International Stem Cell Corporation, announced today its wholly-owned subsidiary, Lifeline Cell Technology (Lifeline), has signed a distribution agreement with Tokyo-based Veritas Corporation to distribute its human cell culture products throughout Japan.
Lifeline, located in Maryland and California, specializes in the development, manufacture, and distribution of products to culture human cells for the study of human disease, including products to culture primary human cells and human stem cells. These products are being requested by customers overseas, including customers in Japan, Korea and India and this agreement is the first step in Lifeline’s plan to meet these requests.
A have-a-go hero who was blinded in one eye in a chemical attack 15 years ago has miraculously got his sight back after undergoing pioneering stem cell treatment.
Russell Turnbull is one of eight patients with impaired vision who have been treated successfully with their own stem cells, in a technique developed by scientists and eye surgeons at the North East England Stem Cell Institute.
Mr Turnbull was hit in his right eye, causing massive damage to the cornea stem cells, leaving him with severely impaired vision, a condition known as Limbal Stem Cell Deficiency (LSCD) (…)
Image by Trygve.u via Flickr
Drs. Scott Kitchen, Zoran Galic, Jerry Zack of the UCLA Broad Stem Cell Research Center and AIDS Institute and their colleagues demonstrated for the first time that human blood stem cells can be engineered into cells that can target and kill HIV-infected cells. The process could potentially be used against a range of chronic viral diseases.
The study, published Dec. 7 in the-peer reviewed online journal PLoS ONE, provides proof-of-principle, a demonstration of feasibility, that human stem cells can be engineered into the equivalent of a genetic vaccine.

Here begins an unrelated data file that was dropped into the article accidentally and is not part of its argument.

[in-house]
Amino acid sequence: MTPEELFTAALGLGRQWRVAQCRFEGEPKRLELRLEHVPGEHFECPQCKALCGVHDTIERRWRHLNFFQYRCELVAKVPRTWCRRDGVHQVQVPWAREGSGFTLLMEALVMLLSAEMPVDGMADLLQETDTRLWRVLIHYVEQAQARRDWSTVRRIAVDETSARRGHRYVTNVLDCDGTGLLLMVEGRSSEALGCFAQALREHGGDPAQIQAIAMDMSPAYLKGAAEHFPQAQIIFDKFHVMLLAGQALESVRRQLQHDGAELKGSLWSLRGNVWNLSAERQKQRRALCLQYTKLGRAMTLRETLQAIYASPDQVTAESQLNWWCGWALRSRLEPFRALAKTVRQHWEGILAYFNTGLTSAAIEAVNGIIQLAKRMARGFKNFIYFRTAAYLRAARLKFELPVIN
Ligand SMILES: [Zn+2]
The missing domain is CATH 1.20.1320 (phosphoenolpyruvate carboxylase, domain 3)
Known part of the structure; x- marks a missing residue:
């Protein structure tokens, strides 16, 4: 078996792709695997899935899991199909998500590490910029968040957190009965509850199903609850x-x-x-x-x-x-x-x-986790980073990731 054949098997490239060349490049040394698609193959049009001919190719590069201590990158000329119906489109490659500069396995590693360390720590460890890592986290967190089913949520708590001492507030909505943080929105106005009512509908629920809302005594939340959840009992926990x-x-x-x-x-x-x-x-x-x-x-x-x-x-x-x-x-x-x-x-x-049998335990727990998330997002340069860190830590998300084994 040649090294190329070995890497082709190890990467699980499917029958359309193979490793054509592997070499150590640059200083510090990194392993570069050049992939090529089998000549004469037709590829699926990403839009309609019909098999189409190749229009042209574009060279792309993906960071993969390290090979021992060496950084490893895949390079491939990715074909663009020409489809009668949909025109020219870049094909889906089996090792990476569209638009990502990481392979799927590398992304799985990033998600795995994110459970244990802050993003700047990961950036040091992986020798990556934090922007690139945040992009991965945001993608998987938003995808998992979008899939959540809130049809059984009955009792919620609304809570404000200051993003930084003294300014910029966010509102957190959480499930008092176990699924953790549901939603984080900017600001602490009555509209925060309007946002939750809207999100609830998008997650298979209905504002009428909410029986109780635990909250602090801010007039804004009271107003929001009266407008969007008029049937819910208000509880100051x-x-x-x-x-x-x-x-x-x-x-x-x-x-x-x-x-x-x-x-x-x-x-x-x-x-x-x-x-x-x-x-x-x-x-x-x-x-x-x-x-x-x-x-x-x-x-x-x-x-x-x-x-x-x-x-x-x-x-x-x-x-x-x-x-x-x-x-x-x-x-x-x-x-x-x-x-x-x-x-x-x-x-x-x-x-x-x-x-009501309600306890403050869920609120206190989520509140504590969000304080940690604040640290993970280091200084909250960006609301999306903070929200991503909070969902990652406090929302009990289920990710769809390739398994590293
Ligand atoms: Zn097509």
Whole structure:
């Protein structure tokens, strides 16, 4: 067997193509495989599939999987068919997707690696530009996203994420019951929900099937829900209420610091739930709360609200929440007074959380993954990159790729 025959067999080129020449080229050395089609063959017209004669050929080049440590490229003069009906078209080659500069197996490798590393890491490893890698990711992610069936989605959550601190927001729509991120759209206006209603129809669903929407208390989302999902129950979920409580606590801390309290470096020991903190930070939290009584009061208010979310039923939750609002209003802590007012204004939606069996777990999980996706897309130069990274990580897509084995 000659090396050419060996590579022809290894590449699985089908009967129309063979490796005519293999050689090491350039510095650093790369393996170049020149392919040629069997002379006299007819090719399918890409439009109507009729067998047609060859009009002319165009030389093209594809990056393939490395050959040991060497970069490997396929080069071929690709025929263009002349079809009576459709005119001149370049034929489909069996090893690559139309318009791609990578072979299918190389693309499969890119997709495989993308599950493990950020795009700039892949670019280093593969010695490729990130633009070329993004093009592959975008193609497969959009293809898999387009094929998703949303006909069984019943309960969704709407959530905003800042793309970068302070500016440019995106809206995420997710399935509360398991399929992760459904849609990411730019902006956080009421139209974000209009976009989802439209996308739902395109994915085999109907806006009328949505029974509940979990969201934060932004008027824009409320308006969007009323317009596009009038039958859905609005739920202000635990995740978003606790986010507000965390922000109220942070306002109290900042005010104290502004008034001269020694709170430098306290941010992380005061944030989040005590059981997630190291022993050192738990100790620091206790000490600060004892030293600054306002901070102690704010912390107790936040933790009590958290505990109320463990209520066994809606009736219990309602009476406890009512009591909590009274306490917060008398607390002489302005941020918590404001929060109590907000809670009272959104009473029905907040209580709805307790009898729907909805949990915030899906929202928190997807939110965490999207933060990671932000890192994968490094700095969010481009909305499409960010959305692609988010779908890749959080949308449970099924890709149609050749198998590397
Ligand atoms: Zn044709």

“We have demonstrated in this proof-of-principle study that
Two scientists at the Fred Hutchinson Cancer Research Center in Seattle have been awarded $16.7 million for stem cell research projects.
Dr. Irwin Bernstein and Beverly Torok-Storb received the federal funding from the National Heart, Lung and Blood Institute. Their award is part of a $170 million effort divided among 18 scientific teams.
Torok-Storb will work with Dr. Mortimer Poncz of Children’s Hospital of Philadelphia to develop molecular and cell-based therapies for a range of blood diseases, using an $8.2 million grant.
Bernstein will work with Edward Morrisey of the University of Pennsylvania to study how biochemical reactions inside cells affect cell
A novel pathway of stem cell activity in human brain that represents potential targets of brain injuries affecting newborns has been identified by researchers at Barrow Neurological Institute at St. Joseph’s Hospital and Medical Center. The recent study, which raises new questions of how the brain evolves, is published in the current issue of Nature, one of the world’s most cited scientific journals.
Nader Sanai, MD, director of Barrow’s Brain Tumor Research Center, led this study, which is the first developmental study of human neural stem cells in a region of the brain called the subventricular zone, the tissue structure